The Difference Between DVR And NVR Cameras

The Difference Between DVR And NVR Cameras

If you have a home or business in San Francisco, CA, it’s always a good idea to invest in a security camera system. Once security cameras are present, they can act as an effective deterrent to thieves, and also provide you with a bit more control, convenience and information about your property, in addition to the security protection and peace of mind.

However, there’s more to a security camera system in San Francisco, CA than just buying the cameras and installing them. As with any technology, security cameras operate on different techniques and even standards, so you’ll need to think about which one you want to choose for your security camera set-up. That’s where DVR and NVR come in.

What’s DVR?

DVR stands for Digital Video Recorder system, and this is the earlier digital technology that was used for surveillance cameras. Thanks to its age, this also means that the DVR is much more common, well-established, and thus cheaper to implement, which can be a big factor for people on a budget.

DVR systems use traditional, analog cameras like the sort used in closed circuit or CCTV systems. This means that the cameras themselves don’t process images, so the only way to see the images is after they have been sent to the central recorder “box” with its AD encoder hardware.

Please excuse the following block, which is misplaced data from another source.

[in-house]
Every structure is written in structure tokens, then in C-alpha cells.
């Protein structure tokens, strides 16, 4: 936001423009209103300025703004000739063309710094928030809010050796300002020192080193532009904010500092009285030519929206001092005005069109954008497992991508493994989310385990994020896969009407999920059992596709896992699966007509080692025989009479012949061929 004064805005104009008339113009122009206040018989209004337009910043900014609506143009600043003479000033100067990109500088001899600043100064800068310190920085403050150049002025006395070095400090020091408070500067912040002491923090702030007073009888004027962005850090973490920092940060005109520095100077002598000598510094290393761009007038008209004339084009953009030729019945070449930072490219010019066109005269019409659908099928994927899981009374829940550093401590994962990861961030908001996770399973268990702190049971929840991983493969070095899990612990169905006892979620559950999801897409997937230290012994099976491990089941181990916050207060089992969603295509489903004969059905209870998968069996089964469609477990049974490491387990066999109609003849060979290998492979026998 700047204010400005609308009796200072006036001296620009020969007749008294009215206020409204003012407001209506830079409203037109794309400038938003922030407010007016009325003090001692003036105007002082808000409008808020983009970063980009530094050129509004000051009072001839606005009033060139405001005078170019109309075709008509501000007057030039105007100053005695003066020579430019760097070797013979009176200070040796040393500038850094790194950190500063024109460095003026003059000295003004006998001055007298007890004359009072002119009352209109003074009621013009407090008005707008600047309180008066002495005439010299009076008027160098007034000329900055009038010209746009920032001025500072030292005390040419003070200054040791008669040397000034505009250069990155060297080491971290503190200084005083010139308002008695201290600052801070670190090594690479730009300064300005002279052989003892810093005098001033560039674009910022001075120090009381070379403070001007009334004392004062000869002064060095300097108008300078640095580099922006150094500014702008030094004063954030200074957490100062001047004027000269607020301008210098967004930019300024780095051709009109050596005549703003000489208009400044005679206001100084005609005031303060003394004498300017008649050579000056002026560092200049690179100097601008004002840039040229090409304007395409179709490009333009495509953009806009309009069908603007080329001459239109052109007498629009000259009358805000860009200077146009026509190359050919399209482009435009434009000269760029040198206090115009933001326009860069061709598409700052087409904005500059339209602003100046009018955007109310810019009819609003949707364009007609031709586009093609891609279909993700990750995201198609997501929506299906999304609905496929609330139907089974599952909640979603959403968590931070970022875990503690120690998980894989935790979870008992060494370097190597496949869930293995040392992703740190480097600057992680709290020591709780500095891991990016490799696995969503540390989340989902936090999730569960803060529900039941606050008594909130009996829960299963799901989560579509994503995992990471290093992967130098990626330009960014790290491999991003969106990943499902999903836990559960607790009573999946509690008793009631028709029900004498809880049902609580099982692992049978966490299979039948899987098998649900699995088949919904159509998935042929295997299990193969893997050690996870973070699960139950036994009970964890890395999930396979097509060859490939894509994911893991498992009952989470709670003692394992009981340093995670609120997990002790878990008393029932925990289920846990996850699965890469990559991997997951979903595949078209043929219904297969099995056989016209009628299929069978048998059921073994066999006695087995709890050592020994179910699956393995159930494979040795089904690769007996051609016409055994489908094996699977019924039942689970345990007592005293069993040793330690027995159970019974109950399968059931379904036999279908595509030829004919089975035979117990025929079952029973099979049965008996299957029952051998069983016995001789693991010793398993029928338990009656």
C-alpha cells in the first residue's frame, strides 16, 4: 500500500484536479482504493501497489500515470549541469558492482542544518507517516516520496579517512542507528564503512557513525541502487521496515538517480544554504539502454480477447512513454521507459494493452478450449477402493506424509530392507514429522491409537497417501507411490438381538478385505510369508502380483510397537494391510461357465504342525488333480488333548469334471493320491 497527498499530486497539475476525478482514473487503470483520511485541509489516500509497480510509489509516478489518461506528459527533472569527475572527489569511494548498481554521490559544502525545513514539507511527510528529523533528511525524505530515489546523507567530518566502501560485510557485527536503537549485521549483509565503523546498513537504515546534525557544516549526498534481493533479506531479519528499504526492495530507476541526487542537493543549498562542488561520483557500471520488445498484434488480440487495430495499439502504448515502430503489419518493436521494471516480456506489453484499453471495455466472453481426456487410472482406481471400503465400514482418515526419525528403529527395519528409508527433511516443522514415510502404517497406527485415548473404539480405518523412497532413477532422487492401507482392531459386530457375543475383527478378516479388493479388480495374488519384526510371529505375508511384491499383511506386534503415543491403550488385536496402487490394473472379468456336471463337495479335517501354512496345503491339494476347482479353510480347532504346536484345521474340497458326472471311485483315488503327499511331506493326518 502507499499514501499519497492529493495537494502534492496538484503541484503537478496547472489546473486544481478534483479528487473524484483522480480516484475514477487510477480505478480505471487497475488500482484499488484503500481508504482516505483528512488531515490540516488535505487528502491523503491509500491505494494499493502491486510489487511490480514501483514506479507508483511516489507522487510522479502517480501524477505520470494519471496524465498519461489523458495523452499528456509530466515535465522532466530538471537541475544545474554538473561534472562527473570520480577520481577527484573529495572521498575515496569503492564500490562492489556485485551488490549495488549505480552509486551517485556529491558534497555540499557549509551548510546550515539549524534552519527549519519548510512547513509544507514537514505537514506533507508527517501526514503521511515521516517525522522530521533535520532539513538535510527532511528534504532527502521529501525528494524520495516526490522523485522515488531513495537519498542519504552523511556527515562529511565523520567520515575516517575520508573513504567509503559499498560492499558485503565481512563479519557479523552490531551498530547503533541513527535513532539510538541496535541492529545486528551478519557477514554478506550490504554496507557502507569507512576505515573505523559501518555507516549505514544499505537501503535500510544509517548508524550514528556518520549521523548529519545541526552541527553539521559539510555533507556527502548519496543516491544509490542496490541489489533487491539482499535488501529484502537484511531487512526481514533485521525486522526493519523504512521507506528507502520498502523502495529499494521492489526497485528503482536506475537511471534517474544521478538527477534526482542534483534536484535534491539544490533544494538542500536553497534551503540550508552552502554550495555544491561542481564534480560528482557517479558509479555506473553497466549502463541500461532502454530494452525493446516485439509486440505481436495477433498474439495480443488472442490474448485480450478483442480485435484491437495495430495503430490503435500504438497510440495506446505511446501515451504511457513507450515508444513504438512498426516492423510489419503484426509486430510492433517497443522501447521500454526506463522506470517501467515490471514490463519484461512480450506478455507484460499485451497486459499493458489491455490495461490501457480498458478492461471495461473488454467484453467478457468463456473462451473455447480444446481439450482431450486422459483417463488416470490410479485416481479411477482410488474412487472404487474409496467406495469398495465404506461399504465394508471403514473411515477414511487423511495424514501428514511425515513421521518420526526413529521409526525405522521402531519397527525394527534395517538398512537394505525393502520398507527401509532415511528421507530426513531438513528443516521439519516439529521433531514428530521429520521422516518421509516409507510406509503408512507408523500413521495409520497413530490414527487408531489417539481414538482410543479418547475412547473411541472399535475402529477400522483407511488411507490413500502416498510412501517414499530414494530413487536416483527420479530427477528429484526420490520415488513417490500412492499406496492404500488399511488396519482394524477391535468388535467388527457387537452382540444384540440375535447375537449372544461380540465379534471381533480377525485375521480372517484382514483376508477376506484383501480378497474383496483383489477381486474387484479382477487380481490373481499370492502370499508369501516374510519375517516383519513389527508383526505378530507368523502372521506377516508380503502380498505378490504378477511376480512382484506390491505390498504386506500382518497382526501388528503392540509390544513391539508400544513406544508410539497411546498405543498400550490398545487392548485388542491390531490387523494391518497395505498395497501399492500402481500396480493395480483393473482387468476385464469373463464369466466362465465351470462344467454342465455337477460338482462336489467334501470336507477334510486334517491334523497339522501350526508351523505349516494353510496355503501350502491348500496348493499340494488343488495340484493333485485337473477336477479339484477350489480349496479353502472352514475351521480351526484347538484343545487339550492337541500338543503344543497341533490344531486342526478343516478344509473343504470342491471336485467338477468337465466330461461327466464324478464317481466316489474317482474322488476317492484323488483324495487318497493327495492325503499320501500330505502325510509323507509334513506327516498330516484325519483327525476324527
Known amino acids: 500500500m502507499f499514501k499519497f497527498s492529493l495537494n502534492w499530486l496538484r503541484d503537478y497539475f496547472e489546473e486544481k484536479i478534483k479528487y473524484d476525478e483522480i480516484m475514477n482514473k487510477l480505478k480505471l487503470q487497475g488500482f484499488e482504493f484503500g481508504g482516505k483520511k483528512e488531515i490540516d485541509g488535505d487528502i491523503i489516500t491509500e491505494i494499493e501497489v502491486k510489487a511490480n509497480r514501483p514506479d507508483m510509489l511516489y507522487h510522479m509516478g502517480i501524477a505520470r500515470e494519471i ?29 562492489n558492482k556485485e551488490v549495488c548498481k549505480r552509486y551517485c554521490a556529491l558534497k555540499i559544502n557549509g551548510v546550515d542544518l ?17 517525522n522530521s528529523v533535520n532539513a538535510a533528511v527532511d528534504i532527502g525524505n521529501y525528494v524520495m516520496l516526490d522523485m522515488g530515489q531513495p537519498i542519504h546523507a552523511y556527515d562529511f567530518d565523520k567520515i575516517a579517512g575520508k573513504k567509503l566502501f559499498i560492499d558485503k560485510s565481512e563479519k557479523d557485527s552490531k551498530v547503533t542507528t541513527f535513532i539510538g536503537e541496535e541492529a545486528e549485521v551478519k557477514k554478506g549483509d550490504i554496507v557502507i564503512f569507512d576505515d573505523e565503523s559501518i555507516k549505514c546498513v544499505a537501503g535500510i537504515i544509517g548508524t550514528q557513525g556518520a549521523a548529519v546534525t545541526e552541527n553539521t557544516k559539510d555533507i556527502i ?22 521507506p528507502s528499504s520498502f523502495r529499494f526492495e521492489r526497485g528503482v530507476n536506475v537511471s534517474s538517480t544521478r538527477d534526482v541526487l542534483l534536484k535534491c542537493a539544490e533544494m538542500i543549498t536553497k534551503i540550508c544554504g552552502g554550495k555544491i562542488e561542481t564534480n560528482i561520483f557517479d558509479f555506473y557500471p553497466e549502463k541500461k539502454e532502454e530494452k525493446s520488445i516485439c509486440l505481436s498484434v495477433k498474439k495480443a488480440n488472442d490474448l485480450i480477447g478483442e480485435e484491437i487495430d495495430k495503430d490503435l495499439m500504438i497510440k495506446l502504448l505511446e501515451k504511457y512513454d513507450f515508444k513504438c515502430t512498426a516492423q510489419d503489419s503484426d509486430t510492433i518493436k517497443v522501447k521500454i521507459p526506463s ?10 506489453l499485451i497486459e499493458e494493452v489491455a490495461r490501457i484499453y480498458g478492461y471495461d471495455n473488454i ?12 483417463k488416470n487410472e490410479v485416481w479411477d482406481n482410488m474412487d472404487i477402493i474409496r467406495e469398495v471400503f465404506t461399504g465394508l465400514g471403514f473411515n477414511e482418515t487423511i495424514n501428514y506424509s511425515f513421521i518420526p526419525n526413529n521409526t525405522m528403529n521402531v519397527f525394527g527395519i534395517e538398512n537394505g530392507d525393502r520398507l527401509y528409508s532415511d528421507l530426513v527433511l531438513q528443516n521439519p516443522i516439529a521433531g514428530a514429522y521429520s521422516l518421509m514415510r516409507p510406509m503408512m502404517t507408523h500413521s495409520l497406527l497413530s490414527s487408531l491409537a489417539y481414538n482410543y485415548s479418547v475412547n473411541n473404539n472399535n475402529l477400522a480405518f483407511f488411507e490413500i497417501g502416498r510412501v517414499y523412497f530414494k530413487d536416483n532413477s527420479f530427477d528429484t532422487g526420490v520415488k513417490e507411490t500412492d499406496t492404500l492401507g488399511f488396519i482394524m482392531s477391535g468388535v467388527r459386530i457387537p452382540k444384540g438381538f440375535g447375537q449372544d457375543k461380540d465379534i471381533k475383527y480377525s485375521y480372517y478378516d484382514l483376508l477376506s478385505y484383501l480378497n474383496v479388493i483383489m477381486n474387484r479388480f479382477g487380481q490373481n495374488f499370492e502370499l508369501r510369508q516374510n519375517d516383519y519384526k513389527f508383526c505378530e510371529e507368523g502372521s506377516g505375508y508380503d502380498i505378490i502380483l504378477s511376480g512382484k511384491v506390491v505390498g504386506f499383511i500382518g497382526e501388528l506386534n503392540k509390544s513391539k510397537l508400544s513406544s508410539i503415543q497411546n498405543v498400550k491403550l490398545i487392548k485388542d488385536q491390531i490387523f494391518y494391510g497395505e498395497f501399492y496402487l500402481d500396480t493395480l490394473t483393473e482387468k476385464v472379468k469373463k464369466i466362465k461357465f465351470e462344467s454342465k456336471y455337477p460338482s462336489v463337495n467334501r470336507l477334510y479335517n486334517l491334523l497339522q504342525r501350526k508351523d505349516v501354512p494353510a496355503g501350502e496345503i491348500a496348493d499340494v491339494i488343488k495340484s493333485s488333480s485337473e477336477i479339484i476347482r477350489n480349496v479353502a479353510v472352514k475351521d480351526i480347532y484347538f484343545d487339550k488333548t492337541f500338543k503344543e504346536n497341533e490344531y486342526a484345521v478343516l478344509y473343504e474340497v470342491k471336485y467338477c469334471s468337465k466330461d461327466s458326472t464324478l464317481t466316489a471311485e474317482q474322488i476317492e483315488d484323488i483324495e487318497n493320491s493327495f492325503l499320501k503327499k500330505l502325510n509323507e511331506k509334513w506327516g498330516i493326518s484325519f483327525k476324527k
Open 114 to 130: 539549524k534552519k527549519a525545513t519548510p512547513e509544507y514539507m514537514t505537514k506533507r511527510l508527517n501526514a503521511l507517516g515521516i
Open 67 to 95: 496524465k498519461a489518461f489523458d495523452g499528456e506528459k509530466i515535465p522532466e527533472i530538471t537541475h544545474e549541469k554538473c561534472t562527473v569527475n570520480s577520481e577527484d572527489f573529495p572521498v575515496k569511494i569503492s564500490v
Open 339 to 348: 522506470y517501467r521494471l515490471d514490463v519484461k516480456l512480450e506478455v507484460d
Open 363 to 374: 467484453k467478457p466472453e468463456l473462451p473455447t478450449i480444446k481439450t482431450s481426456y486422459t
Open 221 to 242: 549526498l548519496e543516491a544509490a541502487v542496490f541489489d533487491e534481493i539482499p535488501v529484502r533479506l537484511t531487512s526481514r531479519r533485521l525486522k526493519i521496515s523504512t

The DVR system is both cheaper and in some cases simpler to use, but part of this is because it is more limited. A DVR camera system will always be wired, one of the trade-offs of being cheaper in price. Because of this, every camera in a DVR system will require cabling for the power and image recording requirements. People who choose this option must carefully account for the placement of cameras, and laying out enough cabling to ensure that the system gets power and transmits images to the DVR box.

What’s NVR?

NVR stands for Network Video Recorder, and, as the name implies is a more recent innovation that relies on the use of computer networks. NVR is the more expensive solution of the two, but this is for several reasons. First, while DVR is always wired, NVR has the option to go wireless. This means that your cameras run on batteries, but it also means you no longer have to worry about running enough cable from each camera.

NVR cameras cost more because they do more. In addition not requiring wires, NVR cameras process their image within the hardware itself, so in that sense, they are closer to retail cameras, or even phone cameras than the older, dedicated security cameras. They can also record sound as well, something that DVR cameras can’t do. There is no central recording system here for images. Instead, whatever storage system or hard drive you have allocated for image storage on your network, or even the cloud, is the one that the NVR system will use.

Both systems can provide a lot of security for any property in San Francisco, CA, but your budget and your needs will play a role in which one makes more sense for you to implement.


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